To be sure, writing a song about your daughter is the easy part. Fathers are often lauded for the more celebrated aspects of parenting: playing on the floor, piggyback rides, the warm embraces after a long day at the job. Mothers, on the other hand, are often faced with the drudgery of parenting, like changing soiled diapers, nursing, giving up their careers to be stay-at-home moms, and the criticism that comes if they don’t live up to societal notions of what “good” mothering is.

The celebration of Shawn Carter’s fatherhood and the lack of commentaries regarding Beyoncé as a mother are telling on so many levels. At one level, it reflects the erasure of mother’s labor, as noted by Neal. Yet, at another level it reflects the desire to stage yet another referendum on black fathers and mothers within the public discourse. For example, Joanna Mallory recently penned: “Jay-Z anthem to fatherhood is music to the ears of black leaders and family advocates.” Arguing that, “72% of African-American kids are raised without a dad,” Mallory celebrates the birth of Blue Ivey Carter because she inspired her dad to write “Glory:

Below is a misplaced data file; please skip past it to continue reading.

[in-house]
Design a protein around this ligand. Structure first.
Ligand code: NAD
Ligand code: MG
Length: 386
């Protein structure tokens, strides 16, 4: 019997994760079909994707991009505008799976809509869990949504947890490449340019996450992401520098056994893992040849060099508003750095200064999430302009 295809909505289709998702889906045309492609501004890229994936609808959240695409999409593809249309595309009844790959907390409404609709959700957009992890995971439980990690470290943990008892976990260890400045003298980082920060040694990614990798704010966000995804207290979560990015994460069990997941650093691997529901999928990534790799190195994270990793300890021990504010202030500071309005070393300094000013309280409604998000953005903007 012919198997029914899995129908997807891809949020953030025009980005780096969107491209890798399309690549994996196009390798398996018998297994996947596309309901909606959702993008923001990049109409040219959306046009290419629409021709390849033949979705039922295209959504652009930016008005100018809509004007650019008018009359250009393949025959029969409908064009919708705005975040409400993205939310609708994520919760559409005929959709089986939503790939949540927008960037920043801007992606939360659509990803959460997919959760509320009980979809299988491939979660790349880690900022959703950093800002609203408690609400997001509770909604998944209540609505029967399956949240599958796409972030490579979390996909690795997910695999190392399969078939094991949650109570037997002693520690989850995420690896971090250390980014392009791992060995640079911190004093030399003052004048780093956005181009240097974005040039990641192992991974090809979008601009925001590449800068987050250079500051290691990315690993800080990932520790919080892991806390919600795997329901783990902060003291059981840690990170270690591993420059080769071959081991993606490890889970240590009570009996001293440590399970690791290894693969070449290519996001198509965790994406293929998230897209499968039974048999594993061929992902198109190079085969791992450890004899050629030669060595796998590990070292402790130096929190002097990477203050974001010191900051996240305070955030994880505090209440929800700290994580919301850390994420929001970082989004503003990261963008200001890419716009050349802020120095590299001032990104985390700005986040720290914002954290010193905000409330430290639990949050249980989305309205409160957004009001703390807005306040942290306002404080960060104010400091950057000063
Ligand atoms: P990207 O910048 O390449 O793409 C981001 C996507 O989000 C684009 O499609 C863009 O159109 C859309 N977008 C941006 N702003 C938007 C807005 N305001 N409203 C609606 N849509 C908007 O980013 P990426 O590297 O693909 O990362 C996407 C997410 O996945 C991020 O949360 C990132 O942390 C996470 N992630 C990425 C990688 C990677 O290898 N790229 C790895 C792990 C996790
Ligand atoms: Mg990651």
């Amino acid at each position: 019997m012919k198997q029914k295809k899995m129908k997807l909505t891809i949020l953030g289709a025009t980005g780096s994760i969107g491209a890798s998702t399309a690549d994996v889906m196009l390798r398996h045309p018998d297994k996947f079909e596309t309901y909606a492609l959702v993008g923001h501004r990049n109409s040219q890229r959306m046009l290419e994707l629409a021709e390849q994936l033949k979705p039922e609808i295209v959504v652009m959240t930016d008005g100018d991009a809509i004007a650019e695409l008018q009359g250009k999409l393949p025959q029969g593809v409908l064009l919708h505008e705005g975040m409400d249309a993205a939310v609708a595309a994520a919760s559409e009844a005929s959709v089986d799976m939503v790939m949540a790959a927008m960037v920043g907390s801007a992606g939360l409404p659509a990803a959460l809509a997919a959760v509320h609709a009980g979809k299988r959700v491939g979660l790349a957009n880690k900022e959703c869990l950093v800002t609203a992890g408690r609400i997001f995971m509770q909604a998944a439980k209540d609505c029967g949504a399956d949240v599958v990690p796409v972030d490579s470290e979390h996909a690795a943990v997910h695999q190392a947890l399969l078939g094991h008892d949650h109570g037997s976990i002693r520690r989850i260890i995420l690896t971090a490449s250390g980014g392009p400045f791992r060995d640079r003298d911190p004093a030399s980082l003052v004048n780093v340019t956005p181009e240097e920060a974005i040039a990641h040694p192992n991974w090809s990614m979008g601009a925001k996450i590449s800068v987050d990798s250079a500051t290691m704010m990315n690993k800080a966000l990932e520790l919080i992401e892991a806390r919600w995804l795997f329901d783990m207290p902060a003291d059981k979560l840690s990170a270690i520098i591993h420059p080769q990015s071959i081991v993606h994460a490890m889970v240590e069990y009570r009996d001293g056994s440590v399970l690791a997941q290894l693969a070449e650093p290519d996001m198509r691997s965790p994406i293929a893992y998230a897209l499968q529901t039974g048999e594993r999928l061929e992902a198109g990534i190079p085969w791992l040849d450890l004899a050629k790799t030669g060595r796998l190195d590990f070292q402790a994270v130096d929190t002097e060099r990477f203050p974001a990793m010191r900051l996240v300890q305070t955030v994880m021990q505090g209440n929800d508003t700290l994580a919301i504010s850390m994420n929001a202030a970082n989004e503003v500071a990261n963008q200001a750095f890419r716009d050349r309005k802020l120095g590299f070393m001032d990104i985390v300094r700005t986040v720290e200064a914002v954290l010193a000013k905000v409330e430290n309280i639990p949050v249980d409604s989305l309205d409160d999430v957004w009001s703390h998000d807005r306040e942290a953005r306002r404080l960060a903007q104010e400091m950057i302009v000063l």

“But she is also rich in love, as Jay-Z exults in his song “Glory.” The best part? A lot of other babies are going to benefit. Because Jay-Z’s ecstatic reaction to being a dad will be the strongest boost yet to a growing movement in the black community encouraging responsible fatherhood.

Concluding that the song is a necessary remedy for absent black fathers is emblematic of the media discourse here: sensationalistic, simplistic, and wrapped up in a narrative of distortions, misinformation, and stereotypes. It is yet another reminder those critics should not wax sociological.

Having already written about this in regards to Colin Cowherd and Touré, I thought I might just recycle part of the “Blaming Black Families” piece, albeit with a little remix (I swapped out Cowherd’s name for Mallory). The fact that critics, politicians, and the public discourse continually recycles the same fallacious and troubling argument mandates that I merely recycle my work as well.

The efforts to recycle the Moynihan report, to define father as natural disciplinarian and mother’s nurturing, to link cultural values to family structures, and to otherwise play upon longstanding racial stereotypes, is striking.

Continue reading at NewBlackMan: Sampling Again: Shawn Carter and the Moynihan Report Remix.